By Marwa Rahim
English Language Program
I grew up as a normal child in my home country. I had a good childhood. While sometimes it was difficult, I just did not care because I was just a child who did not know the good and the bad in the world yet. As a child I was certain about one thing in my life: I would not have a normal life just like other people in my hometown. My mother’s work always encouraged as she was an activist and a teacher in our province, and she had a significant role in our community and family education. So, I decided by myself at a noticeably early age of 11 or 12 that I would make a change, even a ridiculously small change, on my life one other person. I dreamed of becoming a doctor, which remained my one and only childhood dream, and wanted to have a doctor’s office and save as many lives as I could because of our country’s situation. I remember that whenever we played games with my childhood friends, I always had a doctor’s role and help my friends,
I had lots of activities during my high school. I played a significant role in every event in school, and I was the presenter for all those events, even for our graduation party. I prepared a topic for all my classmates. I had interviews with our local radio and TV shows for women and children’s rights. Despite all of the difficulties in my home city in northern Afghanistan, I graduated from high school. However, there was no medical school and few opportunities to chase my goals, so I decided, or may I say my parents decided, that it would be better for me to move to another city. So I moved to a bigger city named Balkh and my medical school journey started.
I was the happiest person on earth at that time and my medical school was the best school for me, and everything was surprisingly good for me because I had the chance to study medicine, which was also a dream for all my classmates. On the first day of my medical school, our professor asked us about our plans, so I spoke louder and talked more about my plans and dreams. I said that after I graduated from the medical school, I would like to become a cardiologist and a heart surgeon because I never saw a woman surgeon in my province and to help women and children in my home country.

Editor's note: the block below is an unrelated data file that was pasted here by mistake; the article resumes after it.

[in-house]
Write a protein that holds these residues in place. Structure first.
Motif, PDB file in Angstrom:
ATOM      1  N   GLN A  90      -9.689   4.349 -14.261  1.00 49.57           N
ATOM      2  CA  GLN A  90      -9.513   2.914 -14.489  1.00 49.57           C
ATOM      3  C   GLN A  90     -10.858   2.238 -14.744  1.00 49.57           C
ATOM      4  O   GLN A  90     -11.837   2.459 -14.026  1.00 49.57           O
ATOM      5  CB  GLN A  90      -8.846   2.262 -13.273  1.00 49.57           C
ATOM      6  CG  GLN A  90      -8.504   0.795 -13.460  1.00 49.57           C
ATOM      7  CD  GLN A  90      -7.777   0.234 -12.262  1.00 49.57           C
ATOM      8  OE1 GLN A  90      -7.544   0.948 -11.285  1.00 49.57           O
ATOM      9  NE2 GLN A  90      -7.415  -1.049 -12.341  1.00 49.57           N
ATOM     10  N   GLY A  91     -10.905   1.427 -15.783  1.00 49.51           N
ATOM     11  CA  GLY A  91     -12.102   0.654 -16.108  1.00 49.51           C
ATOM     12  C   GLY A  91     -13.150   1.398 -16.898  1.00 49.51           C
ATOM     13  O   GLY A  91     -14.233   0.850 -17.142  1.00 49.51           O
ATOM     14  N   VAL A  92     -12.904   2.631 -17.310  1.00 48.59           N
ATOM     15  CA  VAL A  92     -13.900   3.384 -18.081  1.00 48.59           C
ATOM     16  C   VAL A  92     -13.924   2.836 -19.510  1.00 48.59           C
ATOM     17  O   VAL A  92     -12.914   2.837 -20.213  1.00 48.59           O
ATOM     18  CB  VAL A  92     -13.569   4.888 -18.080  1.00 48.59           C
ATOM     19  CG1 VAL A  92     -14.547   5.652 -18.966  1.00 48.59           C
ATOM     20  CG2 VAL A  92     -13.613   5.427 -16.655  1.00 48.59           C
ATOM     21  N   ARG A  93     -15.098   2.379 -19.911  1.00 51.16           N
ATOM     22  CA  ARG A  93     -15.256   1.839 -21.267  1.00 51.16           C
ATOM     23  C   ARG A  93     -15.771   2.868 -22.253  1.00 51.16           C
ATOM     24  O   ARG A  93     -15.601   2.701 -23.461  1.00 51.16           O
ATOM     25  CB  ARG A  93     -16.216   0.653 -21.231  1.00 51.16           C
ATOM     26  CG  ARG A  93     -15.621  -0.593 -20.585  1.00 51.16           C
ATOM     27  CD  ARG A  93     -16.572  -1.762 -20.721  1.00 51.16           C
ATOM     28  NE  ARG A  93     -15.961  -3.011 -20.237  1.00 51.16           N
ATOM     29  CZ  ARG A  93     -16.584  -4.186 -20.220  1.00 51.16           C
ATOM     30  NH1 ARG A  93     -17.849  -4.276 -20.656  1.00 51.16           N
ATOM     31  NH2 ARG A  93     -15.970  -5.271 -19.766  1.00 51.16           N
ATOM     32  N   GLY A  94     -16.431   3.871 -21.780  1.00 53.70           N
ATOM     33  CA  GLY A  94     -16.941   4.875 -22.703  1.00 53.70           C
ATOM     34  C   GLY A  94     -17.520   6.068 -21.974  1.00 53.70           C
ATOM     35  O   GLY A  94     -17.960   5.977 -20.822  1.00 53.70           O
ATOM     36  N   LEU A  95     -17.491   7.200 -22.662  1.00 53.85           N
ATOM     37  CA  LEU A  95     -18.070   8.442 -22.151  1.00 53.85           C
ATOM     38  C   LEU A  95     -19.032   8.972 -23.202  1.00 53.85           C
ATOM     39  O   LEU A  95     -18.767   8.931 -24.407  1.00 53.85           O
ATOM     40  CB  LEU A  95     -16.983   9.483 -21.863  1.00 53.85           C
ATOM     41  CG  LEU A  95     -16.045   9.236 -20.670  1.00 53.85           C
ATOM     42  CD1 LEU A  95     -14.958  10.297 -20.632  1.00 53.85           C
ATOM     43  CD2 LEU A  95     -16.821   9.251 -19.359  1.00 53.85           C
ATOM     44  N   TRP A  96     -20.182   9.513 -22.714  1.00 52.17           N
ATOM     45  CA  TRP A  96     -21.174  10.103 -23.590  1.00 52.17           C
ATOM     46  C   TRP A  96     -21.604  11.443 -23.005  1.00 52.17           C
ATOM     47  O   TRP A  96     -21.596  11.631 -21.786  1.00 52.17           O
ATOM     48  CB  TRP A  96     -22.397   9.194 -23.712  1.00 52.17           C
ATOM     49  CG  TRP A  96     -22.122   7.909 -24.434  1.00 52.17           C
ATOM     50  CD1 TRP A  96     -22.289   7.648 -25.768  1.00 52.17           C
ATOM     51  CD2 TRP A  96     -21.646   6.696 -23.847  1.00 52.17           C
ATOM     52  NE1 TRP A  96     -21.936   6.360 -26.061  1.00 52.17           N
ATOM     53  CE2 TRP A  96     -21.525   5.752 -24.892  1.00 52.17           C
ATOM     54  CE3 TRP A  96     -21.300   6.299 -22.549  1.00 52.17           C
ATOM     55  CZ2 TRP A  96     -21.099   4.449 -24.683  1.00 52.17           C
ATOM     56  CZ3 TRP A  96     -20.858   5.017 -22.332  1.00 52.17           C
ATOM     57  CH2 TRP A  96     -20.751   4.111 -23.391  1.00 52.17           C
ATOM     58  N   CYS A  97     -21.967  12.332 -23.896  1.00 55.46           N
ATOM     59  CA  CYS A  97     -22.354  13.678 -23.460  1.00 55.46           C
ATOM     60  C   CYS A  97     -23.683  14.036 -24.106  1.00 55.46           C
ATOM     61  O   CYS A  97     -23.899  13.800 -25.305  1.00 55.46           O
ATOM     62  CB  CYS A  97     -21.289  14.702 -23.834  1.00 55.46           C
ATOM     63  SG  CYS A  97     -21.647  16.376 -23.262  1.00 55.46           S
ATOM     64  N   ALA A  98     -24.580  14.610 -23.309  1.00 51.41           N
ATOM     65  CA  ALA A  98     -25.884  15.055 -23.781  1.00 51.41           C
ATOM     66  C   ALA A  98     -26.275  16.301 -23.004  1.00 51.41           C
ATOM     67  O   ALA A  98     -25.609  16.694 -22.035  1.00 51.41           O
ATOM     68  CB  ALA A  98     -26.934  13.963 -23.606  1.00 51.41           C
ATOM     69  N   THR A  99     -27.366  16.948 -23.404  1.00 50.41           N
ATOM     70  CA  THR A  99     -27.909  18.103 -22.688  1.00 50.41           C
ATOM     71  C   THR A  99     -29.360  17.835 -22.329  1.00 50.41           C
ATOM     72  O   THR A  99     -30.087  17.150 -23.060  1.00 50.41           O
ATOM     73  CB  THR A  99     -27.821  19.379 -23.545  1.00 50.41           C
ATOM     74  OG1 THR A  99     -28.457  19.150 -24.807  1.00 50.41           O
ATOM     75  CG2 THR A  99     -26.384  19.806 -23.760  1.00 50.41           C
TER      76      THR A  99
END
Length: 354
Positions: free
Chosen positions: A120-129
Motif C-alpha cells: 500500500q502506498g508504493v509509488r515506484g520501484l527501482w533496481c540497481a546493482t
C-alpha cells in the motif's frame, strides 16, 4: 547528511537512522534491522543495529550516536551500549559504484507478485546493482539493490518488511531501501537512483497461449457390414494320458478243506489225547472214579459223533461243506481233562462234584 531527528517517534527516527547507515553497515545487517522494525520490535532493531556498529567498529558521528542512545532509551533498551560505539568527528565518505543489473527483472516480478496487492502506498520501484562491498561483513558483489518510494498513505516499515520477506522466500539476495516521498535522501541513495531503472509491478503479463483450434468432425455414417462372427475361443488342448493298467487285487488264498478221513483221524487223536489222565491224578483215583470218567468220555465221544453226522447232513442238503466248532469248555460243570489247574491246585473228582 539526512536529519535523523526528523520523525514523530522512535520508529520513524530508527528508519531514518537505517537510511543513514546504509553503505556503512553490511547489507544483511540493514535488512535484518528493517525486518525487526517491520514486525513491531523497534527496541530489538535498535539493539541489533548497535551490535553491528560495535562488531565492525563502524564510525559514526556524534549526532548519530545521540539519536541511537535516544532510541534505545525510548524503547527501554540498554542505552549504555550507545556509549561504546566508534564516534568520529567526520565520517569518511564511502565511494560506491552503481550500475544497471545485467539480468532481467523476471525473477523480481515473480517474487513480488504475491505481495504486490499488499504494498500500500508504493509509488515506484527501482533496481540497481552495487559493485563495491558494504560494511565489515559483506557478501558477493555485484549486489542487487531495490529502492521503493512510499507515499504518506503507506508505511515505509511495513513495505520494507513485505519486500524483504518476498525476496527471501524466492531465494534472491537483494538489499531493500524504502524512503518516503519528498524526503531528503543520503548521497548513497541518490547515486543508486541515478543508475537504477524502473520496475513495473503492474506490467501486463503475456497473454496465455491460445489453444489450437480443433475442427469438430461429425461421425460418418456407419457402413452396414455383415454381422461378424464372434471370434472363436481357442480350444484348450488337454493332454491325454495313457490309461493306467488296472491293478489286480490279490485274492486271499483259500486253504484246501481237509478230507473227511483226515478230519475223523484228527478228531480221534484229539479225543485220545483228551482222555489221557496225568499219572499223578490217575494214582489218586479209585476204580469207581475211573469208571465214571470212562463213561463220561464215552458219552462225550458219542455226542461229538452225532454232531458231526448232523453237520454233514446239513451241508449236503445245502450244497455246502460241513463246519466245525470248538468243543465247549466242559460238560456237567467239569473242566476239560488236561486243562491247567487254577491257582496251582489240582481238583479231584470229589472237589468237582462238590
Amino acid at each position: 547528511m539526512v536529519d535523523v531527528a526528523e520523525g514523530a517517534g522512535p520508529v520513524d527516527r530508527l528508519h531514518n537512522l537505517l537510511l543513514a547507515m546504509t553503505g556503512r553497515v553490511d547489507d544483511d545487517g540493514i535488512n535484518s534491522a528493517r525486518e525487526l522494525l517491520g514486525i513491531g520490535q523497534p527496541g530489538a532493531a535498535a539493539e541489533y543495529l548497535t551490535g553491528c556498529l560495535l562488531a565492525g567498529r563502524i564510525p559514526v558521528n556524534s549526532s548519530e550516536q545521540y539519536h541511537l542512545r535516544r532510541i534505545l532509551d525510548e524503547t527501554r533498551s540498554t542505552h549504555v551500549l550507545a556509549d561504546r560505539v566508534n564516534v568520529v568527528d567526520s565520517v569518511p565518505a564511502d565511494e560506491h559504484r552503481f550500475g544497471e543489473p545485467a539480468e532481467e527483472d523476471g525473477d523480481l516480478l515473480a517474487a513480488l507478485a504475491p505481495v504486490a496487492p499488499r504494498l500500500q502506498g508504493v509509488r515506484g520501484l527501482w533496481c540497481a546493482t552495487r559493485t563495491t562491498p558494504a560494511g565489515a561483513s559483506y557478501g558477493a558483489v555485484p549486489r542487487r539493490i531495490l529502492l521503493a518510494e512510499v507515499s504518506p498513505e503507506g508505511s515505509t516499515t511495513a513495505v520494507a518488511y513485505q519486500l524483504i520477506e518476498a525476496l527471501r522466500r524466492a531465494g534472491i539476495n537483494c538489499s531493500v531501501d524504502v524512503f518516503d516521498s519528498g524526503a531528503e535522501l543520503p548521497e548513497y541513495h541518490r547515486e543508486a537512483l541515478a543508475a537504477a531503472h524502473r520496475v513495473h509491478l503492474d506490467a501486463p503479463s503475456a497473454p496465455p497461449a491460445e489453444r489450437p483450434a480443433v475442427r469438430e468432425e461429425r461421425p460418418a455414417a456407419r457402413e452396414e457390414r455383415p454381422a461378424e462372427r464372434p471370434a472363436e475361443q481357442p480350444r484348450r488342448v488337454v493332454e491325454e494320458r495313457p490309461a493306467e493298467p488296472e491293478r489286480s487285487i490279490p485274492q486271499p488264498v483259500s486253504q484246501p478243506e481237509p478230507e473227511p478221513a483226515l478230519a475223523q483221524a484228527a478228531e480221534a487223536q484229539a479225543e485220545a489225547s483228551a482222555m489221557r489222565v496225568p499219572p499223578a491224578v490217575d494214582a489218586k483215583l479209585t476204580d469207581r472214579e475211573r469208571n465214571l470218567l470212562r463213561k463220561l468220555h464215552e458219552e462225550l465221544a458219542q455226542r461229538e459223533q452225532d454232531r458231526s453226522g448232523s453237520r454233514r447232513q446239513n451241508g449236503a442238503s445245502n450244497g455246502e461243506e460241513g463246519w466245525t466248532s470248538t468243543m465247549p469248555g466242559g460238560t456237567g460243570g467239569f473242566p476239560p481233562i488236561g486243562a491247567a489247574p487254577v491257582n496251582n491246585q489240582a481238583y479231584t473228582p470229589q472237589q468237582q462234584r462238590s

In 2021, I started my 7th semester of medical school. I said to myself that I did it, I passed half of the way of my journey, and I was close to achieving my dreams. Unfortunately, the situation in my country did not allow me to continue that dream anymore. I had to leave to be safe and have a future for us, for our families, and our children. During that time, I lost everything except my dreams. I came to the U.S. with only one backpack, but as I know myself, I am not that person to give up easily. I promised to myself that I would make a change to women’s life in my country and I would be their voice and fight for women’s rights. Obviously I am thinking that I am becoming a feminist day by day.
I came to the US, and I tried to work hard and achieve what I wanted to be and my goals. Currently I am taking English academic classes at Chatham university at Pittsburgh PA, millions, and millions miles from my home country and hometown. There are many things that I am grateful for in my life since I came to the USA. I met people from all over the world with a different languages and appearances, and it was surprising to me first. I never met people from another countries like Japan in my home country. My goals are to finish the English academic classes and apply to one of the medical school pathways for medical universities in USA.
Life hasn’t been essay for me. I know everyone is struggling with a lot in their lives right now and it is hard to start your life from zero and left everything behind. It takes time, so we all should be patient and continue to work hard. Everyone has their own dreams and thoughts. We should never stop being who we are and what we want to be, and in the end we are all humans who work together for this land that has become home for all of us.